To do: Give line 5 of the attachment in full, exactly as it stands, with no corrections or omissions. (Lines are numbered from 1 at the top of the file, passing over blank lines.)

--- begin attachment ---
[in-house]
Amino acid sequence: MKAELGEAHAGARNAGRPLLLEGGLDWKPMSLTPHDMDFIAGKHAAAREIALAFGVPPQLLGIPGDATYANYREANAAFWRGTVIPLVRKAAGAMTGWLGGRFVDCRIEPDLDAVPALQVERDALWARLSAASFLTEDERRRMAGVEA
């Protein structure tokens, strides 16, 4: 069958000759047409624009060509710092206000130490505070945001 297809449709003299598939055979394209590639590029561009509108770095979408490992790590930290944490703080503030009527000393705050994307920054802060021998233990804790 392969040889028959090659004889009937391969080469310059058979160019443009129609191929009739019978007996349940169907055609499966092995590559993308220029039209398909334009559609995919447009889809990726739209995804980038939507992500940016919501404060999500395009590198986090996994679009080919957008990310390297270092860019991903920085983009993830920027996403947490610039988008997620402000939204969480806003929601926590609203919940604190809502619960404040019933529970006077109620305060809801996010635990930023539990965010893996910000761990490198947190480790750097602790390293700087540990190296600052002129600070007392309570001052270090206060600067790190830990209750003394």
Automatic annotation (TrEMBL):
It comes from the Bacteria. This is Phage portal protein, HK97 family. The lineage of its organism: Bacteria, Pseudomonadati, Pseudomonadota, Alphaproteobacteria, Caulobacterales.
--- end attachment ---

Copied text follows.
It comes from the Bacteria. This is Phage portal protein, HK97 family. The lineage of its organism: Bacteria, Pseudomonadati, Pseudomonadota, Alphaproteobacteria, Caulobacterales.